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The pros and cons of investing in off-plan property

An off-plan property can be more cost-effective compared to existing properties, allowing the buyer to customize it during the actual build process.



Housing development is one of the U.K.’s major industries and is likely to be so for the foreseeable future. Right now, not only does the U.K. have a major shortage of housing, some of the existing housing is hugely dated and below standard (often built at high speed in previous decades to satisfy an immediate problem, such as the damage caused by the blitz in WW2).

This means that at any given time, you are probably going to have the chance to buy off-plan property in a new development in pretty much any part of the U.K. Alternatively, you could look for an existing property, which meets your criteria. Here are the two options compared.

The case for buying off-plan rather than existing property

Possibly the single, biggest argument for buying off-plan property is that you often have the opportunity to customize it to your specifications during the actual build process, which can be massively easier and more cost-effective than having to redo work which has already been done.

The second major argument for buying off-plan property is that it is often available at a substantial discount to existing property. There are various reasons for this, one of which being that sales of existing property have to cover the costs of all parties involved in the transaction, including estate agent’s fees, which can be significant, especially if the seller uses a traditional estate agent working on commission.

When you buy directly from the developer, you cut out the “middleman” and hence save yourself some money. You also have the reassurance that the developer is actually guaranteed to sell the property, since it is their job and how they pay their own bills, whereas a residential homeowner can opt to back out of a sale any time before completion, even if it does involve accepting a financial penalty for doing so. Likewise, there are no chains involved.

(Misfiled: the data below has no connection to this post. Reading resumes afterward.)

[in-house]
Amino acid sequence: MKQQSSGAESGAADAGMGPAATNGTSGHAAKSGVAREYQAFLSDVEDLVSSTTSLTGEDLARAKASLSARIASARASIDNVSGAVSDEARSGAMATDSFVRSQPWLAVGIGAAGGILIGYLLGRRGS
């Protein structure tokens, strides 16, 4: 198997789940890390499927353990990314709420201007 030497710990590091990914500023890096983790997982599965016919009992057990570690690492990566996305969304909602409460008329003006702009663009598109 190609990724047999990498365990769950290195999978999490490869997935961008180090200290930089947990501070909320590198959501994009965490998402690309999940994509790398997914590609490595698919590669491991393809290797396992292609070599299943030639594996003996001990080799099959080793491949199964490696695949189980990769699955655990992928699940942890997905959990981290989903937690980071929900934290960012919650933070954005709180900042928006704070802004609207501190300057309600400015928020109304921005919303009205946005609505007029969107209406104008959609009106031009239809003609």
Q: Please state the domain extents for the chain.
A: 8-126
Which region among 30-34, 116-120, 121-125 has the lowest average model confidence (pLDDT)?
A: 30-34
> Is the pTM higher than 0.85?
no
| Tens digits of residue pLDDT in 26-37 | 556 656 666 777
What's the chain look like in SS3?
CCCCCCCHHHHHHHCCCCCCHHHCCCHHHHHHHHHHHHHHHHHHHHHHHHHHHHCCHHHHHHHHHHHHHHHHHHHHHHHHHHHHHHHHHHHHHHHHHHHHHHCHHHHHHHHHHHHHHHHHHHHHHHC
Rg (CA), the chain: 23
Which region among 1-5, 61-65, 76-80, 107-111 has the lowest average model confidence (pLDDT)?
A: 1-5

off-plan property

The off-plan mortgage market is much more niche than the mortgage market for existing property. (Source)

The case for buying existing property rather than off-plan

Existing property, by definition, is property which has already been built which means that you don’t have to worry about whether or not a developer will complete their build to schedule. When considering this point, it’s worth remembering that even the best developers in the world can have their build schedules thrown completely off course by events which are entirely outside of their control, such as the weather, hence if time is of the essence, a new build is probably the safer option.

Secondly, the fact that new builds already exists and can be surveyed means that it can be a whole lot easier to get a mortgage on it. There are lenders who do offer mortgages for off-plan property so it is possible, and a good developer will probably be able to point you in the right direction. However, the off-plan mortgage market is much more niche than the mortgage market for existing property and therefore you have less ability to shop around and get a good deal.

On that note, you are unlikely to find yourself put under pressure to use services recommended by the seller or their agent as you may be if dealing with a developer.

DISCLAIMER: This article expresses my own ideas and opinions. Any information I have shared are from sources that I believe to be reliable and accurate. I did not receive any financial compensation for writing this post, nor do I own any shares in any company I’ve mentioned. I encourage any reader to do their own diligent research first before making any investment decisions.

Peter Scully is a Marketing Consultant for UK property Investment firm Pure Investor. He is an experienced Marketer and has been involved in the property investment sector for over 7 years. A keen blogger and article writer, Peter enjoys researching and writing about the latest property investment trends both in the UK and overseas, with a particular interest in the UK investment market and how the property investment landscape in the UK has changed over recent years.